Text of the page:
mirrorshard: (Terrella)
Somhairle Kelly ([personal profile] mirrorshard) wrote2014-12-03 11:41 pm

December Days: Art & science

I had a choice of two icons for this post, both very appropriate in different ways. One is one of Leonardo da Vinci's notebooks, and of course he's seen as the embodiment of the crossover between the two. The other, which is of course at the top of this post, is a terrella - a spherical magnet, a little Earth - used by William Gilberd in his research into magnetism. They're both my own photography, and being in the presence of these artifacts - in the V&A and the Science Museum respectively - was a wonderful feeling.

Part of the reason I decided not to use the da Vinci icon was because the need for a crossover at all is a modern illusion. Art, as in artisan and artificial, has only recently acquired the airy & impractical ivory tower connotations it has today. In previous centuries, the artist was a tradesman, or at best a professional, on a conceptual level with a plasterer or a chemist rather than with a prince of the Church or of the counting-house, and their labours were devoted towards distinct objects rather than concepts or creations.

As so often happens, the change was (partly, or even largely) due to advances in technology. On the one hand, industrialisation and laboratory-made pigments were making true, vivid colours much cheaper and more common, and more accessible to everyone. Before that point, if you wanted a true vivid blue then you had to buy a very specific kind of stone from a particular mine in Afghanistan, and go through a long physical & chemical process which needed quite a lot of skill to do right—if you don't grind the lapis lazuli perfectly, you end up with something a lot like washing powder, a slightly bluish-grey-looking white, and your entire investment (often twice the mineral's weight in gold) is wasted. If you wanted a true vivid (and lightfast) purple, you were entirely out of luck, and your best bet was to wait four or five centuries then go to the shop. So artists had to find new techniques to maintain their social monopoly, and redefining Art was one of them.

On the other hand, Art was becoming much more available through advances in reproduction technology. Even before monochrome cameras (let alone the early and limited colour films) engravers of great and obsessive skill were making detailed copies of Great Works, but you can only pull a certain number of copies from brass engraving plates before the metal deforms and the engraved lines soften & blur. Advances in steelmaking, partly driven by weapons technology, were mitigating that, though, and once you had a film camera and a bit of chemical skill then you could churn out as many reproductions of Great Works as you had the supplies and the patience for. They could even be published in newspapers, and where were artists then? Reduced to mere suppliers of the prototype for an industrial process, and that's not interesting. So the locus of value kept shifting, and artists shifted along with it, towards Theory and Concepts, and through Romantic genius, Modernist optimism, Postmodern yesbuttery, and take-it-or-leave-it mysticism.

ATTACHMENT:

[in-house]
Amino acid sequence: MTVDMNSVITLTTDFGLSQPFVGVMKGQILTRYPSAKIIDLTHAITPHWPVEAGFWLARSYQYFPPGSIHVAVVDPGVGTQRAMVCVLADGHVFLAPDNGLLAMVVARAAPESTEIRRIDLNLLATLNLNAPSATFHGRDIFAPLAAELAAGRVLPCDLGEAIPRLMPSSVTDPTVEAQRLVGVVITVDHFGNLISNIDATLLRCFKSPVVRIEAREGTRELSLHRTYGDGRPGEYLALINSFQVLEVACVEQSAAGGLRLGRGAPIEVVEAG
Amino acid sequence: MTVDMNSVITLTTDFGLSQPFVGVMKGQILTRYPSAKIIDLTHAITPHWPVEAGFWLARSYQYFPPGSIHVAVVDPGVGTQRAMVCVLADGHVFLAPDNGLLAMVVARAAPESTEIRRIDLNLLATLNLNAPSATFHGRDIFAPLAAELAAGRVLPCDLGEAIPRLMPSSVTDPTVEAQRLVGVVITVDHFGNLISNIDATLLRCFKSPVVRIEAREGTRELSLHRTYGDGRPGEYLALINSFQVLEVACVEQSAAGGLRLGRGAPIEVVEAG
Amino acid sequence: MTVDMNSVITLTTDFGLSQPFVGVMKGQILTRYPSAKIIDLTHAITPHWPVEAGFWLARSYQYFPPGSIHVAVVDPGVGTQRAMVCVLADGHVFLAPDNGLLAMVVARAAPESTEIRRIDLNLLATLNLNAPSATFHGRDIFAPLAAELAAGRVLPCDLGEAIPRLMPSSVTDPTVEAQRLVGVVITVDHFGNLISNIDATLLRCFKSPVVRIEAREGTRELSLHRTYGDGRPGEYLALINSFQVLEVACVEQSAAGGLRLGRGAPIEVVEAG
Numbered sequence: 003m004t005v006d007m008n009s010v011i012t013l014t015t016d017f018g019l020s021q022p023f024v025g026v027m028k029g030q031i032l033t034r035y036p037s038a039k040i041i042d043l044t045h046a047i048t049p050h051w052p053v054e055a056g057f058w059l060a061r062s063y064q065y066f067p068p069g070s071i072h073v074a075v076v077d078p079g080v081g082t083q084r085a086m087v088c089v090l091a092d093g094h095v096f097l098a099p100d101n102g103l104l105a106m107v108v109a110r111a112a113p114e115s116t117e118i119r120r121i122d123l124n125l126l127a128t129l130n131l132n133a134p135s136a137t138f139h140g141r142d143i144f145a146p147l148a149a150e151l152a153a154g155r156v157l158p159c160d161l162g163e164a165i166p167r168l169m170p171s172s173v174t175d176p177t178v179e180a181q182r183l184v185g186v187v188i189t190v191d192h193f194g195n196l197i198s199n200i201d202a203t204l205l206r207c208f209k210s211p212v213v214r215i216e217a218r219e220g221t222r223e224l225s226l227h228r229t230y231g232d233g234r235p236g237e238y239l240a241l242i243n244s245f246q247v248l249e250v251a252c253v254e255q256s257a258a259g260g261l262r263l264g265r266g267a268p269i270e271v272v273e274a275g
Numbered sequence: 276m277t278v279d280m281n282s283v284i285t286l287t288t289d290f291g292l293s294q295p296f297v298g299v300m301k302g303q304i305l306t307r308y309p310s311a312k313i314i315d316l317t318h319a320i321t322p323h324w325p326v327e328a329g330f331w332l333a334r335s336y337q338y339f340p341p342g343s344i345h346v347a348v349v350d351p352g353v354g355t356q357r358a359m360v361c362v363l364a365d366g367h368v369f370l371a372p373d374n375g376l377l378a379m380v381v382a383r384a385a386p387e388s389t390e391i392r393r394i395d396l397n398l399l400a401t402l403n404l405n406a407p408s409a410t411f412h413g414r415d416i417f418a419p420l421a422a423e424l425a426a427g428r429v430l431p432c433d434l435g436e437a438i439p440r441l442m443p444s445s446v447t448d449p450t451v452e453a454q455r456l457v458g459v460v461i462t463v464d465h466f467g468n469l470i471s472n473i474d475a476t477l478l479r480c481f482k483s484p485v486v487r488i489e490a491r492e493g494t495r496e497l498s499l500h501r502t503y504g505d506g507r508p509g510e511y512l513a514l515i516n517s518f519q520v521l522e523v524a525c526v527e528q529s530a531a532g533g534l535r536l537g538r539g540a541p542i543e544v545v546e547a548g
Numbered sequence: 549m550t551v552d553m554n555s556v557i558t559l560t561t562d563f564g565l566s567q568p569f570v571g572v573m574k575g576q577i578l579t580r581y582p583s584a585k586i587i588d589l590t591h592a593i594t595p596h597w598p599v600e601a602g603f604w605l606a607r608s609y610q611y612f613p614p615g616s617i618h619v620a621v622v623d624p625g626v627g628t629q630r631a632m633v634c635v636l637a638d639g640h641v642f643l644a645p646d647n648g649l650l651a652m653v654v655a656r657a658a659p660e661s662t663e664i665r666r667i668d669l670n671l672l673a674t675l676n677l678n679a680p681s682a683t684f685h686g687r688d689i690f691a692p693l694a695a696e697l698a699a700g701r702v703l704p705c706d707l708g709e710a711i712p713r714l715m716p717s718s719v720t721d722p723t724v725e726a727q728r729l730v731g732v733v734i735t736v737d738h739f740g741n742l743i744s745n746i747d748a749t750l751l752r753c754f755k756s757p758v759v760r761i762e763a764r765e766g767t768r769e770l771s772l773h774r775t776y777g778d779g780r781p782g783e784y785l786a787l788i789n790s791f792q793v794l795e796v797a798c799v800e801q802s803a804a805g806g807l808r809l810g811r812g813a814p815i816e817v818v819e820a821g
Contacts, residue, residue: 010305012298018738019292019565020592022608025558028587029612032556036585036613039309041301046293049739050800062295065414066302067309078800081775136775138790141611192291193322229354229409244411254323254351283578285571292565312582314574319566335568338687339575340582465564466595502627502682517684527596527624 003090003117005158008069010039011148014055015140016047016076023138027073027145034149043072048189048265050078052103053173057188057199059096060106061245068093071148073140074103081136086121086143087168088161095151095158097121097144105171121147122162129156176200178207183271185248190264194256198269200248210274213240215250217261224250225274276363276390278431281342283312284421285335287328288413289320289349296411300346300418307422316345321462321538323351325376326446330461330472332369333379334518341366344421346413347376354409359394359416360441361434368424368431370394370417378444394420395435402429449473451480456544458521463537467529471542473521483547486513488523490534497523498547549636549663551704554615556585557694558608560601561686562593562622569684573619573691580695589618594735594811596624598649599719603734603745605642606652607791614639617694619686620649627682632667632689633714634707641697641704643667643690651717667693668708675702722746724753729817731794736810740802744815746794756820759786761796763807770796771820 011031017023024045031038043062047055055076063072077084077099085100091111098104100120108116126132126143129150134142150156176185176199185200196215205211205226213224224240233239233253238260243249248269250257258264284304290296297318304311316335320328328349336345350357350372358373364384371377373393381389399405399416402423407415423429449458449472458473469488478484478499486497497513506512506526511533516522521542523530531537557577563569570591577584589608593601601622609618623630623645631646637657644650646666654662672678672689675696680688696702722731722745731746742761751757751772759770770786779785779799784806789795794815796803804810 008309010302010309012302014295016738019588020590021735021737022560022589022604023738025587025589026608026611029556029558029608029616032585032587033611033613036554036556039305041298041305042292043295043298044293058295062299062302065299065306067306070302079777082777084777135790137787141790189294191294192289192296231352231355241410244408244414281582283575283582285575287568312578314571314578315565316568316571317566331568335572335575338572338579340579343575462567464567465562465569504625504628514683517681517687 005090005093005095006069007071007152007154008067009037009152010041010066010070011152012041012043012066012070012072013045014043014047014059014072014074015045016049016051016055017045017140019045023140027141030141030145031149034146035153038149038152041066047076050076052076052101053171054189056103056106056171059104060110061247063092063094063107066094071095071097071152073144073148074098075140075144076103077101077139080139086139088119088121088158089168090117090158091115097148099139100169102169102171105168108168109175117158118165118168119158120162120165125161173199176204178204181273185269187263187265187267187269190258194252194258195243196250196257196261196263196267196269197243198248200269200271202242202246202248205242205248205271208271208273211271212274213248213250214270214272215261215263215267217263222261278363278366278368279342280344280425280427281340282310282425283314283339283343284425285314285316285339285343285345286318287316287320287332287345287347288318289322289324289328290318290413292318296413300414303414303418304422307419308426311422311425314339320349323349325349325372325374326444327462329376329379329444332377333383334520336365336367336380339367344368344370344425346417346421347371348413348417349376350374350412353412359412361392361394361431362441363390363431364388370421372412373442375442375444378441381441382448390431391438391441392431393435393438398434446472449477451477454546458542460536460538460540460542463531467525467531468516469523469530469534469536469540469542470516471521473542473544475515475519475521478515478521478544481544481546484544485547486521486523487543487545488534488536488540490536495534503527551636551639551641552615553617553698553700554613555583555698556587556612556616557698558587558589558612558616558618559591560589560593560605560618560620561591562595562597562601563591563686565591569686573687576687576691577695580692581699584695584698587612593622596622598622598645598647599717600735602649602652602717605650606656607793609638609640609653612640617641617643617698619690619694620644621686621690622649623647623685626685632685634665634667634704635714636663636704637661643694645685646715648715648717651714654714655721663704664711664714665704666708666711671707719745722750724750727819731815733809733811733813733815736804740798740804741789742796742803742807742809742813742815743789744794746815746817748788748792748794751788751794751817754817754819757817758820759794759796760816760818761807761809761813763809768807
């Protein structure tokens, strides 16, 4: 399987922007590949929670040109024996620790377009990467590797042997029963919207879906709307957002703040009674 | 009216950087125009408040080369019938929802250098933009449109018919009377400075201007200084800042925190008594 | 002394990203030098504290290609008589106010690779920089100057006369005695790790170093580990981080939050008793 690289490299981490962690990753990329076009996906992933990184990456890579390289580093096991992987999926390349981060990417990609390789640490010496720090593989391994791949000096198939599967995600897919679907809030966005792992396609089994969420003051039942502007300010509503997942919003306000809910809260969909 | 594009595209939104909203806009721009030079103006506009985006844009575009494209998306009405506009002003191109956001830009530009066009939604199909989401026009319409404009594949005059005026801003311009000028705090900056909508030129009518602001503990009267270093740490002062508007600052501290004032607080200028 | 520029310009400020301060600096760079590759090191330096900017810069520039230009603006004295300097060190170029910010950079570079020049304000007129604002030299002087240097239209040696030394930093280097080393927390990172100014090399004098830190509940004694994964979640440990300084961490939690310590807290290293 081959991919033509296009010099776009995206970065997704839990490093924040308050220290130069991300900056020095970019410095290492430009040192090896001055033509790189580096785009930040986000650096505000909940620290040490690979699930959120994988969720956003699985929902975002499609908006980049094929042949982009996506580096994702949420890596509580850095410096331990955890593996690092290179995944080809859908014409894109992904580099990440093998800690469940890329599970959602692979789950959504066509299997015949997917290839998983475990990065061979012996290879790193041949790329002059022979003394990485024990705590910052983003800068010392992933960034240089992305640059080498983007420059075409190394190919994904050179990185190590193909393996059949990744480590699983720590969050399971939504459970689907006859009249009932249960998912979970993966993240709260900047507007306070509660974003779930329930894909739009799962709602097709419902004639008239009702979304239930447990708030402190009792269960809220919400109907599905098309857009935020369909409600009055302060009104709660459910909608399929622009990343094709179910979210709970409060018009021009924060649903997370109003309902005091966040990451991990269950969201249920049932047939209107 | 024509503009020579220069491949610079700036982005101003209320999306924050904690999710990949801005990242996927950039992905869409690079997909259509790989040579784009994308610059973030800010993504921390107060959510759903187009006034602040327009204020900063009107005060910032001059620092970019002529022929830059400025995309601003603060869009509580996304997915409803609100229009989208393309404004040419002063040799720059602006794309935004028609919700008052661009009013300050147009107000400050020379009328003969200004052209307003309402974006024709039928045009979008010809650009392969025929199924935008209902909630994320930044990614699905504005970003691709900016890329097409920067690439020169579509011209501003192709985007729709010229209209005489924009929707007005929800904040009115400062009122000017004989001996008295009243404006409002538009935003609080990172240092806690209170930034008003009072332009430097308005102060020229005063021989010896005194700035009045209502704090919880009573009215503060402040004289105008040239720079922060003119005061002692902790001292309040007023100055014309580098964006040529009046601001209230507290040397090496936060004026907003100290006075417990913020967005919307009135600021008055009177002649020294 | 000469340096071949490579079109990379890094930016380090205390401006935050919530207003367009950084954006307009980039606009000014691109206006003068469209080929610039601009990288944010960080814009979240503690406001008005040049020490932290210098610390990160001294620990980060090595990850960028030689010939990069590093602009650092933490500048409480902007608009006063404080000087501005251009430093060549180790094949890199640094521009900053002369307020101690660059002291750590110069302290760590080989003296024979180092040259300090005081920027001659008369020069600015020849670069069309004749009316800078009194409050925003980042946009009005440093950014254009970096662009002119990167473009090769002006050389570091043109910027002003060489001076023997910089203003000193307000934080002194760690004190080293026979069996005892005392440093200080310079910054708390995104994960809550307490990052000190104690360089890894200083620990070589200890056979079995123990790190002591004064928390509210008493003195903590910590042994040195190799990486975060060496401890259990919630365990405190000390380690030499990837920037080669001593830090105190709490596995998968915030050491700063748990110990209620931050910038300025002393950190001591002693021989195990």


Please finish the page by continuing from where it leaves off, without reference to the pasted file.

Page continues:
Which isn't to say that the people who are artists today are the same kind of people who were artists in the past. It takes a different—though overlapping—set of skills, and more critically we're working in a completely different market area.

Interestingly, Science codified itself more or less around the time that Art went through this change, and in a similar direction, embedding much more Theory into itself and synthesising all the discrete chunks of lore held by guilds, armies, and trades with the Classical Greek approach of attempting to subject the universe to the penetrating gaze of Pure Reason Unsullied By Commerce. Gilberd, whom I mentioned at the top of this article, was a very good example of that, though he was really a pre-scientist (he floreated in the 1590s, around Bacon and well before Newton, Hooke, and Boyle)—he had an absolutely burning and overriding desire to prove that the Earth had a soul, but he did this by experiment, including designing and commissioning his own experimental tools like the terrella in my icon, and he spent a great deal of time learning from navigators and sea-captains.

So one way of looking at the soi-disant split (which is much more marked amongst critics and followers, rather than active practitioners) is that they grew from the same base, the impulse to Do Things To Stuff And See What Happens, and along similar paths, but in different directions.